I take up the challenge of why false beliefs are better than (target article, sect. 9) in navigating adaptive problems with asymmetric errors. I then suggest that there are interactions between supernatural beliefs, self-deception, and positive illusions, rendering elements of all such misbeliefs adaptive. Finally, I argue that supernatural beliefs cannot be rejected as adaptive simply because recent experiments are inconclusive. The great costs of religion betray its even greater adaptive benefits – we just have not yet nailed down exactly (...)
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  12. C. G. McKay (1967). A Note on The Jaśkowski Sequence. Mathematical Logic Quarterly 13 (6):95-96.score: 210.0
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  13. C. G. McKay (1972). Review: V. A. Jankov, Conjunctively Indecomposable Formulas in Propositional Calculi. [REVIEW] Journal of Symbolic Logic 37 (1):186-186.score: 210.0
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  14. Ryan T. McKay & Daniel C. Dennett (2009). The Evolution of Misbelief. Behavioral and Brain Sciences 32 (6):493.score: 150.0
    From an evolutionary standpoint, a default presumption is that true beliefs are adaptive and misbeliefs maladaptive. But if humans are biologically engineered to appraise the world accurately and to form true beliefs, how are we to explain the routine exceptions to this rule? How can we account for mistaken beliefs, bizarre delusions, and instances of self-deception? We explore this question in some detail. We begin by articulating a distinction between two general types of misbelief: those resulting from a breakdown in (...)
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  15. George Ainslie, Ryan T. McKay & Daniel C. Dennett (2009). Non-Instrumental Belief is Largely Founded on Singularity 1. Behavioral and Brain Sciences 32 (6):511.score: 150.0
    The radical evolutionary step that divides human decision-making from that of nonhumans is the ability to excite the reward process for its own sake, in imagination. Combined with hyperbolic over-valuation of the present, this ability is a potential threat to both the individual's long term survival and the natural selection of high intelligence. Human belief is intrinsically or under-founded, which may or may not be adaptive.
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  16. Pascal Boyer, Ryan T. McKay & Daniel C. Dennett (2009). Extending the Range of Adaptive Misbelief: Memory “Distortions” as Functional Features. Behavioral and Brain Sciences 32 (6):513.score: 150.0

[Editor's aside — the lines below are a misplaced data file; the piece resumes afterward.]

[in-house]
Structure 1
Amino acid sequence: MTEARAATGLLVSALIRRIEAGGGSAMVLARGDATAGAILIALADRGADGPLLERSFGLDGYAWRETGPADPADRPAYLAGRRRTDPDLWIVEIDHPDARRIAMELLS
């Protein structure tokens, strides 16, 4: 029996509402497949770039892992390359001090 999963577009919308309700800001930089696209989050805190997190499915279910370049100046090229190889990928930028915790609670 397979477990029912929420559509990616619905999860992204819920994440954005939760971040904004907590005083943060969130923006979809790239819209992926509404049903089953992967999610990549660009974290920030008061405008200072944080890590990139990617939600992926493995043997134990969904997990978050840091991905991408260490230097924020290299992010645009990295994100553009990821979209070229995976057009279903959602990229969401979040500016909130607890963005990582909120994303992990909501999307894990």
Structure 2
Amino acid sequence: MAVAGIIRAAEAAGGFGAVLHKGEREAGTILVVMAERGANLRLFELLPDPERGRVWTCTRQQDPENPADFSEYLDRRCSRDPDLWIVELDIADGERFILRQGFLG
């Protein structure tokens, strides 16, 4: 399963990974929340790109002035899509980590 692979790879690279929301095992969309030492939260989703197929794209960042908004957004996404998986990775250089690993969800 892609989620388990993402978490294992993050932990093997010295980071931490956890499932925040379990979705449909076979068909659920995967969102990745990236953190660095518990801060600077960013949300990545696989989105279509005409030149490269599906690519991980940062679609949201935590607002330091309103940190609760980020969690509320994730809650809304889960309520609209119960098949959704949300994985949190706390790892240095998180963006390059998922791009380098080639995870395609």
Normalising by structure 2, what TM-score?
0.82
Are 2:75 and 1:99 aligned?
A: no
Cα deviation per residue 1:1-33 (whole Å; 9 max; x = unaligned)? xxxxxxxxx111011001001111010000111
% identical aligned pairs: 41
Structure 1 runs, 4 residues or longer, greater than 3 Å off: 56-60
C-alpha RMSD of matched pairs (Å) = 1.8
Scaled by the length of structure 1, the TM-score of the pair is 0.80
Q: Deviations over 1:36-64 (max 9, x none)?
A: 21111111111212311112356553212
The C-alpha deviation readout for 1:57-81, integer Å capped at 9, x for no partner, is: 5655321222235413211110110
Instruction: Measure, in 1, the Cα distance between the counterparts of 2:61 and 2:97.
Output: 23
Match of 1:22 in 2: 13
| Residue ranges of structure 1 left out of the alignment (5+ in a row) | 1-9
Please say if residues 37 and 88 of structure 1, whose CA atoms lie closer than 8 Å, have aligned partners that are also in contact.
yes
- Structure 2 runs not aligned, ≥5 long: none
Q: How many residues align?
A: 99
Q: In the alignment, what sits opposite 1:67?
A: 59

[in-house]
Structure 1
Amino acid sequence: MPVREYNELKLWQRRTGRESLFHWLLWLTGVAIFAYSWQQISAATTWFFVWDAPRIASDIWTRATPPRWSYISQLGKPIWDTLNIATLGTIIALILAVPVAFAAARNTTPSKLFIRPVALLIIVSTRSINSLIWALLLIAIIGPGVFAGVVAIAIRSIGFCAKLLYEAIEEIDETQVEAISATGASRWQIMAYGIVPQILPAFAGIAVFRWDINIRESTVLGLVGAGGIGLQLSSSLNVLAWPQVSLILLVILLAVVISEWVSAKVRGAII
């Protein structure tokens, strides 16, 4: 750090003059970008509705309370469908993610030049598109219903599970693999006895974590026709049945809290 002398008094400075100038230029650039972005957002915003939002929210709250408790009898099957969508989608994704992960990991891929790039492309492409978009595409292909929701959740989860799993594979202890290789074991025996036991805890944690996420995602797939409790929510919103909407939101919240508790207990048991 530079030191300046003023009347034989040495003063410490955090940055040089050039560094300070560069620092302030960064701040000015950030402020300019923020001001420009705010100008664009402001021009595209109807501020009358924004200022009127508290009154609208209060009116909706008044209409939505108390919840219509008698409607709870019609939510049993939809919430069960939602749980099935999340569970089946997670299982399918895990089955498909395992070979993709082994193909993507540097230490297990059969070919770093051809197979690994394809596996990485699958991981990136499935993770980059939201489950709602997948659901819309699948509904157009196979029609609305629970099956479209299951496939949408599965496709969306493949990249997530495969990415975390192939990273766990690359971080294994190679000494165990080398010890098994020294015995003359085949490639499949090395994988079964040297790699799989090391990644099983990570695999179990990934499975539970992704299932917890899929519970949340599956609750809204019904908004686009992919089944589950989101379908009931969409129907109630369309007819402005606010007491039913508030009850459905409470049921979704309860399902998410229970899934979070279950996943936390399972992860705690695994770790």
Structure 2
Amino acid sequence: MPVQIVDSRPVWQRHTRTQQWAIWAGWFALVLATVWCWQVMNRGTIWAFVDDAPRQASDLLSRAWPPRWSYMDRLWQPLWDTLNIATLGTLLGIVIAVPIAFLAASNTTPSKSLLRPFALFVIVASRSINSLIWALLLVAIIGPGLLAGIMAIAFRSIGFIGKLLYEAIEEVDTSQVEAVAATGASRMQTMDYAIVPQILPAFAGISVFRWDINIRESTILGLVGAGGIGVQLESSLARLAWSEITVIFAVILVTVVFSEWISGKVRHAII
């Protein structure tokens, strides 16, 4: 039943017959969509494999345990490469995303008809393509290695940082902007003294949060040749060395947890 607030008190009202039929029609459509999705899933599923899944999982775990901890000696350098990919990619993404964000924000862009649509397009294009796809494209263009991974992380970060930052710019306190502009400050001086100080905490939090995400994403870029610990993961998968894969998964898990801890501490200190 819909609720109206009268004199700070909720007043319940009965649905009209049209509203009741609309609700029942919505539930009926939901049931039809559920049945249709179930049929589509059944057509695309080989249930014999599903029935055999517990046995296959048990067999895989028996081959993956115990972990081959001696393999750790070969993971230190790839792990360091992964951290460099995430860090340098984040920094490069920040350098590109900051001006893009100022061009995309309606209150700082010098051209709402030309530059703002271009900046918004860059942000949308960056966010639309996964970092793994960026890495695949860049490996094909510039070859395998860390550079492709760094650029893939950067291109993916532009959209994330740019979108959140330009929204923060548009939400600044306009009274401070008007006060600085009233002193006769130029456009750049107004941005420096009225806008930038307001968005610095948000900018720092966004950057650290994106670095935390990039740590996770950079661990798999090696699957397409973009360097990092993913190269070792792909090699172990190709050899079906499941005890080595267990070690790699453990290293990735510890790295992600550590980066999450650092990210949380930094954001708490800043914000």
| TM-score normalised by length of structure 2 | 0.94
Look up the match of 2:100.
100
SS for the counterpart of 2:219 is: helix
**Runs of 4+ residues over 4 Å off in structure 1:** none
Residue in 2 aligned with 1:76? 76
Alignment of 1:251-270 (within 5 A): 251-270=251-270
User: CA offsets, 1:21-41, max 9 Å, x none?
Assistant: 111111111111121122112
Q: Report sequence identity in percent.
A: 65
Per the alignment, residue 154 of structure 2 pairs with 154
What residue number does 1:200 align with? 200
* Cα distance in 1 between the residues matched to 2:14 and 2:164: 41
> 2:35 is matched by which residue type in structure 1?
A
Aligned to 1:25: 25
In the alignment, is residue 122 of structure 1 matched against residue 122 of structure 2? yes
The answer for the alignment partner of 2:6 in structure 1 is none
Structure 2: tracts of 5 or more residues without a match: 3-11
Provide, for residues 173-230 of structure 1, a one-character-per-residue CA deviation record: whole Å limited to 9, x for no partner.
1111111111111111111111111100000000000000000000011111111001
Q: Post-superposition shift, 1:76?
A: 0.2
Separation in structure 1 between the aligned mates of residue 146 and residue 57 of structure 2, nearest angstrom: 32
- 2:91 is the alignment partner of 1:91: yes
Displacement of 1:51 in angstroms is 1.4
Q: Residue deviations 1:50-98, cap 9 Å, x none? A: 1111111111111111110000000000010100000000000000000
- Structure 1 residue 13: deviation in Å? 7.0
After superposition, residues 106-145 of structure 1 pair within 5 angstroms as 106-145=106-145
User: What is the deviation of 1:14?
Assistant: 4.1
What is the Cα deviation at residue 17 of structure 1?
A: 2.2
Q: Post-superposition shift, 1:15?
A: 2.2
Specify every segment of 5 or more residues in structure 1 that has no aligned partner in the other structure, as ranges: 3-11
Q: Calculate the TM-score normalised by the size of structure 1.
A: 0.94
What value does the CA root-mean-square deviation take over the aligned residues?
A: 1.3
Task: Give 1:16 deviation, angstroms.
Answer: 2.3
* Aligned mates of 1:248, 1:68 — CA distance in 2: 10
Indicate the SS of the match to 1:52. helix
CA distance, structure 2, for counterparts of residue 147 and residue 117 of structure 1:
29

A large amount of research in cognitive psychology is focused on memory distortions, understood as deviations from various (largely implicit) standards. Many alleged distortions actually suggest a highly functional system that balances the cost of acquiring new information with the benefit of relevant, contextually appropriate decision-making. In this sense many memories may be examples of functionally adaptive misbelief.
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  17. Krister Segerberg (1973). Review: C. G. McKay, A Note on the Jaskowski Sequence. [REVIEW] Journal of Symbolic Logic 38 (3):520-521.score: 81.0
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  18. T. Umezawa (1971). Review: C. G. McKay, The Non-Separability of a Certain Finite Extension of Heyting's Propositional Logic. [REVIEW] Journal of Symbolic Logic 36 (2):331-331.score: 81.0
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  19. Constance M. Bertka (ed.) (2009). Exploring the Origin, Extent, and Future of Life: Philosophical, Ethical, and Theological Perspectives. Cambridge University Press.score: 27.0
    Machine generated contents note: 1. Astrobiology in societal context Constance Bertka; Part I. Origin of Life: 2. Emergence and the experimental pursuit of the origin of life Robert Hazen; 3. From Aristotle to Darwin, to Freeman Dyson: changing definitions of life viewed in historical context James Strick; 4. Philosophical aspects of the origin-of-life problem: the emergence of life and the nature of science Iris Fry; 5. The origin of terrestrial life: a Christian perspective Ernan McMullin; 6. The alpha and the (...)